By Napua Harbottle
Born Bernice Pauahi Pākï on Dec. 19, 1831, to high chiefs Abner Pākï and Laura Kōnia, Princess Bernice Pauahi Bishop grew to be a woman of intelligence, compassion and foresight who understood her kuleana to serve her people.
As the last direct descendant of Kamehameha I, Pauahi inherited thousands of acres of land, much of it from her cousin, Princess Ruth Keʻelikōlani. Her inheritance made Pauahi the largest landholder in the kingdom. With no children of their own, Pauahi and her husband, Charles, shared a deep commitment to the education and well-being of Hawaiian children. Pauahi viewed education as key to a thriving lāhui, and the most important provision of her will provided for the establishment of the Kamehameha Schools. With Mr. Bishop as a trustee, the Kamehameha School for Boys opened in 1887, followed by the School for Girls in 1894.
In the spirit of our beloved Princess’ desire to educate, the Native Hawaiian Chamber of Commerce strives to provide opportunities for learning, growing and succeeding in business. Although today’s economic climate could be forecasted as “cloudy with potential thunder storms,” here are some ways to ramp up your business planning skills in preparation for the time (hopefully soon) when we can rebuild and recover.
Online education is now the new norm for learning just about anything. Sign up for an online business course, workshop or webinar where you can learn how to:
- Incorporate more technology into your day-to-day operations
- Restructure your staffing plan to improve customer satisfaction, from the top down
- Develop an improvement plan that proposes next steps through a redesigned business plan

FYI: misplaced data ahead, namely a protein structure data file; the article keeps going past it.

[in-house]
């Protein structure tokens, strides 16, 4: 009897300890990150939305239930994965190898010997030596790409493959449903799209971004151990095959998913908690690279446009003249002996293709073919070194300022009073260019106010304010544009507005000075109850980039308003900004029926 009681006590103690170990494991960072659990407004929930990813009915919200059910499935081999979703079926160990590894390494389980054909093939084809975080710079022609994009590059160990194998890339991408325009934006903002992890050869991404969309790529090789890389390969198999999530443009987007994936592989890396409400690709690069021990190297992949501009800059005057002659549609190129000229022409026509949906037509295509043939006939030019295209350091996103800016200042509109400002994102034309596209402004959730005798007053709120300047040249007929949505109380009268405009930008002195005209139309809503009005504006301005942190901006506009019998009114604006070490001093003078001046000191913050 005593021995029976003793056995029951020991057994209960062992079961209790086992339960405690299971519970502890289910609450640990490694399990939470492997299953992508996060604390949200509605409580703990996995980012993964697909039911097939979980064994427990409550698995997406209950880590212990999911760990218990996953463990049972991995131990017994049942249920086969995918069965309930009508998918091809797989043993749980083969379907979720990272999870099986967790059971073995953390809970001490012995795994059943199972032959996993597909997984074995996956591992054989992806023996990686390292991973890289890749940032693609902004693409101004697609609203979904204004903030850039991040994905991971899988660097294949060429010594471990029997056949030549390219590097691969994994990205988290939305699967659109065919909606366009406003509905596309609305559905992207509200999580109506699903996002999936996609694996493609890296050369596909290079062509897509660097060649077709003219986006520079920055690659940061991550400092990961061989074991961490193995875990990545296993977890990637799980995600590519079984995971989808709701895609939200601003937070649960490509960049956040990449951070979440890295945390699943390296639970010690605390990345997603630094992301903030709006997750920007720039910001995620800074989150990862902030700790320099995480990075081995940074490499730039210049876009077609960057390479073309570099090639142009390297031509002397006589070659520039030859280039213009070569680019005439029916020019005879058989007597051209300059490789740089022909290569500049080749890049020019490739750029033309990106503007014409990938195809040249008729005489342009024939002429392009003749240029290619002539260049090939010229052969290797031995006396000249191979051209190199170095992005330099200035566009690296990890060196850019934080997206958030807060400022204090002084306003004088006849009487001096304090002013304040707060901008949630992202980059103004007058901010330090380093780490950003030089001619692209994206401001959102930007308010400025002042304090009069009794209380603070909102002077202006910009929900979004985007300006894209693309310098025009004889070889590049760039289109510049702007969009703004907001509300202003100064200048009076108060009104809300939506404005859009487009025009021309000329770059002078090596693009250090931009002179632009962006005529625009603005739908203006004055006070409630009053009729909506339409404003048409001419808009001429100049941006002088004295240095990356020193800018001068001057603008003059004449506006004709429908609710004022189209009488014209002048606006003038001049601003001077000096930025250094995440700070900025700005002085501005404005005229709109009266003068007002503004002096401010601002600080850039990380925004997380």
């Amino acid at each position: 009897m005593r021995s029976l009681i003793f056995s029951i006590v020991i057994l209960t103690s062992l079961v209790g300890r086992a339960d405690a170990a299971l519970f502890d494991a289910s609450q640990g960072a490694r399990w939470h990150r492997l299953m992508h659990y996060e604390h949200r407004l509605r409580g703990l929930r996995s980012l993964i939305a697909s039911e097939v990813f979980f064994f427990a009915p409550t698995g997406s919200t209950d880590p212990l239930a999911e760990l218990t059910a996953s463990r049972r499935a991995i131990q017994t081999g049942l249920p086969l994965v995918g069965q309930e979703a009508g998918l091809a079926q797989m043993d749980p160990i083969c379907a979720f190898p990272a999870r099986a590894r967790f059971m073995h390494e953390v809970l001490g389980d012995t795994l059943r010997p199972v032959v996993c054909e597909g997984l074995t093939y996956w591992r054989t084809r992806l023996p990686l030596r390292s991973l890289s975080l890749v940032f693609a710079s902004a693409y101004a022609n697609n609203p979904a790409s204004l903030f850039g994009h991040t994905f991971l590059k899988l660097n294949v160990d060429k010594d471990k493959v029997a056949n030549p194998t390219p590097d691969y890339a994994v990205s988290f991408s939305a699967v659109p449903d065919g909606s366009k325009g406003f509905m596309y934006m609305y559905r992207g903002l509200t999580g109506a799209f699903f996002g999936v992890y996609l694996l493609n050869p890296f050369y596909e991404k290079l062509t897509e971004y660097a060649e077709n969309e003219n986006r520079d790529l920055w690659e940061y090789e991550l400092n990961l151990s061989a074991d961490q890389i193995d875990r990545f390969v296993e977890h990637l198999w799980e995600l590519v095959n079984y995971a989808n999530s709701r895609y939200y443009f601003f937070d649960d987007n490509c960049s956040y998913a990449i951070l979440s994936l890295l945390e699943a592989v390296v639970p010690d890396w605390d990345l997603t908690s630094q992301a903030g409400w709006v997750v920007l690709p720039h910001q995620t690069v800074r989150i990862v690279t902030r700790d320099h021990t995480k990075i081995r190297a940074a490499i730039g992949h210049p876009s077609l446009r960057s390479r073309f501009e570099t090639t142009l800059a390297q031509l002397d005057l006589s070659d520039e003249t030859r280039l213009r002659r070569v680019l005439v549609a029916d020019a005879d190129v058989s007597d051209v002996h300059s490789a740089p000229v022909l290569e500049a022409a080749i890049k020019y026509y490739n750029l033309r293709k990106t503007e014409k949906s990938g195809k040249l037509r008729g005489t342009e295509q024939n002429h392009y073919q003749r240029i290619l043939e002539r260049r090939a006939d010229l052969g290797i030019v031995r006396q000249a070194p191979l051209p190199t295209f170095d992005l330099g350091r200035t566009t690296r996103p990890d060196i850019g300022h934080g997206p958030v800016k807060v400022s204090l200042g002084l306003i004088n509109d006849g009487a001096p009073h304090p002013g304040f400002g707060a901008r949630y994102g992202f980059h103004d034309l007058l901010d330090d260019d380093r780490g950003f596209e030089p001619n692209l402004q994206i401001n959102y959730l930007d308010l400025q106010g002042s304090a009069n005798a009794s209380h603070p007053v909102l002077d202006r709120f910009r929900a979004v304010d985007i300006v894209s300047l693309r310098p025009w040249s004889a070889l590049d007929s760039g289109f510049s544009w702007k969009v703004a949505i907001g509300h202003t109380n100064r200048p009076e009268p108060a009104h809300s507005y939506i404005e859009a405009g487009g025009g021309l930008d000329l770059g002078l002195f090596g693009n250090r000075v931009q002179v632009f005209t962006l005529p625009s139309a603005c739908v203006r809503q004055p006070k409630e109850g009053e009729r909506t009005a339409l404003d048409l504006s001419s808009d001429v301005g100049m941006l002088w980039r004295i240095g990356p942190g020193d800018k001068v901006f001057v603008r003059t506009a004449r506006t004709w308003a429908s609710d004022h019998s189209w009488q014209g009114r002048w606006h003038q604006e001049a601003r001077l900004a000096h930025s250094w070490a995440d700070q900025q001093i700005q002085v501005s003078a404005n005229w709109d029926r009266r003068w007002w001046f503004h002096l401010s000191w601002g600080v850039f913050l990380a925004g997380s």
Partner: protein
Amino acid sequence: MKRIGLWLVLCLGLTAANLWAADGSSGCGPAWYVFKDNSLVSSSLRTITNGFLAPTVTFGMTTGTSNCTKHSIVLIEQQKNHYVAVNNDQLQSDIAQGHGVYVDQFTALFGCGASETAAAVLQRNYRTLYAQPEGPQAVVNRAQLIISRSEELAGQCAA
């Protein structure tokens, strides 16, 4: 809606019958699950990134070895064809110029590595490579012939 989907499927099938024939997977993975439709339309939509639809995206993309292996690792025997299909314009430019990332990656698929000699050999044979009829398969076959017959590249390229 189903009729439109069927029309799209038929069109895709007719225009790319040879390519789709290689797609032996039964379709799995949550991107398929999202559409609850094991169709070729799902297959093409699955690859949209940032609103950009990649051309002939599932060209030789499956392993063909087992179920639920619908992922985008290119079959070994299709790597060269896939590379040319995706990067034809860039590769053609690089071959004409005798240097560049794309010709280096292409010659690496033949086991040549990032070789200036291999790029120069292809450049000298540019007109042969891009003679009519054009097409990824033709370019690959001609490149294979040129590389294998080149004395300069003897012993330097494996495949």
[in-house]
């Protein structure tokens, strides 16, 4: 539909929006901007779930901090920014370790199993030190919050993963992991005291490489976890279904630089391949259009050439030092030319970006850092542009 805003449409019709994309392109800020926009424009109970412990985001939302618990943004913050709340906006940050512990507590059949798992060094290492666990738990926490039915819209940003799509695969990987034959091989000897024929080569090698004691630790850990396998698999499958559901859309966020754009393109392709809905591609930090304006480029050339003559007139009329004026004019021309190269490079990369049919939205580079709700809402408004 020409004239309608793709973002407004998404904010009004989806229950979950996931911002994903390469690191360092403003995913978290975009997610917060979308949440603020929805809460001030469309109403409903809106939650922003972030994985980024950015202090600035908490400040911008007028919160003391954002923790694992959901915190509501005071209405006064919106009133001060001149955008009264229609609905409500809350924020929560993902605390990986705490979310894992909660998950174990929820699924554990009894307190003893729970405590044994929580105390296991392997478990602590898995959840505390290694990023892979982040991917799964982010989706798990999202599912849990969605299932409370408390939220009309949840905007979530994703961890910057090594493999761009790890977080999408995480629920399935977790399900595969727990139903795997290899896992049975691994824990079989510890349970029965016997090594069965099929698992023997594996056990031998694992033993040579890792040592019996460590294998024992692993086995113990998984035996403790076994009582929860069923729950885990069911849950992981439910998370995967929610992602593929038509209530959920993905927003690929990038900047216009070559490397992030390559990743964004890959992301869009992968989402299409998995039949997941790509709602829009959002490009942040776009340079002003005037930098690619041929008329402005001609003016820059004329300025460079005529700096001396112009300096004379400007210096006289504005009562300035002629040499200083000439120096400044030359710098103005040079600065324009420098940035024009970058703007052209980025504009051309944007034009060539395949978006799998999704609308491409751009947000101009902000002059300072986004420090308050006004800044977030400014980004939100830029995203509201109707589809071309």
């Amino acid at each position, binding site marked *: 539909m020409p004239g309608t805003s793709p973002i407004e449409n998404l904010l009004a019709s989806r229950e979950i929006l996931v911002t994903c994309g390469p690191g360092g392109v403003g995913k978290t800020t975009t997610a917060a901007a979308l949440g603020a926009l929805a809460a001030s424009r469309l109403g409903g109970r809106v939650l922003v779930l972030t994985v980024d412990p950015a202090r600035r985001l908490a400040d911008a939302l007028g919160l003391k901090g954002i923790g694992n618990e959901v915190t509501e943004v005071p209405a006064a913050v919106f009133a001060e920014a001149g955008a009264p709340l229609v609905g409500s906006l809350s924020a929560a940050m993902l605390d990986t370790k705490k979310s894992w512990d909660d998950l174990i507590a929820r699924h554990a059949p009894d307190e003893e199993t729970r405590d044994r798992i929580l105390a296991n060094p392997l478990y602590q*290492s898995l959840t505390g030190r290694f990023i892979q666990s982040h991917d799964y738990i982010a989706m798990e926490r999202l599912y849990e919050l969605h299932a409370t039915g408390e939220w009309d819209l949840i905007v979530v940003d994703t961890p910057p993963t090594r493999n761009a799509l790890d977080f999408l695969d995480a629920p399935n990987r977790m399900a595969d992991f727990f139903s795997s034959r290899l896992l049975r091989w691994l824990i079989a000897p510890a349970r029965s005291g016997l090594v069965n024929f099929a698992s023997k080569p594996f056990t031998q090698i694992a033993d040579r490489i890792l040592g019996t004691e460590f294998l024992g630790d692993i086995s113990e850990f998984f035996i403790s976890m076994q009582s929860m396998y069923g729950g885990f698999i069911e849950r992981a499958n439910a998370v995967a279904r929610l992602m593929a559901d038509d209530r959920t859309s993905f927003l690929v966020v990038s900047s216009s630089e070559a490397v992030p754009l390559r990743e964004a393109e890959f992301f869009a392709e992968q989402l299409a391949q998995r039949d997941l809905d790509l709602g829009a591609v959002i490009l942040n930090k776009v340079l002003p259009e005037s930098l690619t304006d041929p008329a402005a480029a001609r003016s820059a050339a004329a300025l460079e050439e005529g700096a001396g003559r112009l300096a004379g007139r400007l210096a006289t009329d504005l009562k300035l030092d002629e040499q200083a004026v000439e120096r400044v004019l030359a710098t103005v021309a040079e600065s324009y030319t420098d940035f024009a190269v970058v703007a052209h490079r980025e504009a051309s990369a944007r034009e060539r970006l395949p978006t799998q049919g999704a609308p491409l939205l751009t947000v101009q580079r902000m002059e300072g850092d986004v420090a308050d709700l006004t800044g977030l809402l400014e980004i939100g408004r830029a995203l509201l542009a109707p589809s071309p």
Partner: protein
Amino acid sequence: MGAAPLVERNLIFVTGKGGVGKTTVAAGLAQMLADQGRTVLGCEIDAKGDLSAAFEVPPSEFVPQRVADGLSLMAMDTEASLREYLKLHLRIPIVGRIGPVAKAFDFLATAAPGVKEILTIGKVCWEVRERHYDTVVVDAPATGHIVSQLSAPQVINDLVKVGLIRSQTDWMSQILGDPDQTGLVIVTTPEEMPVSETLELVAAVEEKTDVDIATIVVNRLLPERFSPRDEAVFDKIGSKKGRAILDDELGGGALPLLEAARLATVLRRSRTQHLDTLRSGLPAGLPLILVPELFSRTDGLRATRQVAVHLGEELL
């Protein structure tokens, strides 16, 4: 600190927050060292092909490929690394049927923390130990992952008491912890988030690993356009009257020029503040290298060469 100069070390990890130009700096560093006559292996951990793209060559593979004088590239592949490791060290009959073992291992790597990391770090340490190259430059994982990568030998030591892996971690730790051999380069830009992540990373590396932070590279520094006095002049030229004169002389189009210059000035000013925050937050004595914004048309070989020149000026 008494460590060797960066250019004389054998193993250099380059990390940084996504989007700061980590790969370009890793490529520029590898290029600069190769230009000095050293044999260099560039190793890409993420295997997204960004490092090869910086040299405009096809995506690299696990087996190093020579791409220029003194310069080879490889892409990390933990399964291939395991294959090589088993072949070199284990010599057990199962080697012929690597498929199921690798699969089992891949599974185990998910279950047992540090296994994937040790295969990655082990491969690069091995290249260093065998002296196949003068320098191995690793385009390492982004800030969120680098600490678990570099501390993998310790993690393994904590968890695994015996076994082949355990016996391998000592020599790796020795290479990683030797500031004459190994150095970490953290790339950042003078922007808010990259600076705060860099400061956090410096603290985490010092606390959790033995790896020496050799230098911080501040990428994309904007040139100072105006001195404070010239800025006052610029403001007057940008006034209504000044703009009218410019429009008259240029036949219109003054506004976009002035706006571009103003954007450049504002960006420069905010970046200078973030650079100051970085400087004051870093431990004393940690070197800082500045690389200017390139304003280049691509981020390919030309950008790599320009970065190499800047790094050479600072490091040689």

“DIY” learning is all the rage and there are many self-help videos available; just Google a topic of interest and see what pops up. Try Googling some of these topics to boost your business without increasing cost:
- How to develop a cross-training program for employees
- Best methods for gathering feedback from your target consumer base
- Implementing a virtual marketplace through e-commerce
- How to promote your business through education-based marketing
Good old fashioned networking is easier than ever with virtual platforms such as Zoom. Not only does networking help you to keep up with what’s happening in your circles, but it also offers the opportunity to learn about best practices, challenges and innovations that could be applicable to what you do. Networking is a great way to build capacity through:
- Increased partnerships
- Increased customer base
- Increased exposure
For businesses less impacted by the pandemic, consider creating a give-back program. Whether you offer discounted rates or lead a giveaway campaign, it’s good business to give back to your community every chance you get. It’s also the Hawaiian way.
Try some of these suggestions for boosting business and don’t forget to check out the Native Hawaiian Chamber of Commerce for more resources on how to navigate your business through these unprecedented times.
Napua Harbottle currently serves as the governance committee chair for the Native Hawaiian Chamber of Commerce. As a technical assistance specialist at Kaʻānaniʻau, Napua works with hundreds of nonprofit organizations throughout the Pacific to help design project plans that can be supported by federal funding, and also assists with grant application development for submission to the Administration for Native Americans. Napua has a degree in communications and botany from the University of Hawaiʻi and is a graduate of Kamehameha Schools.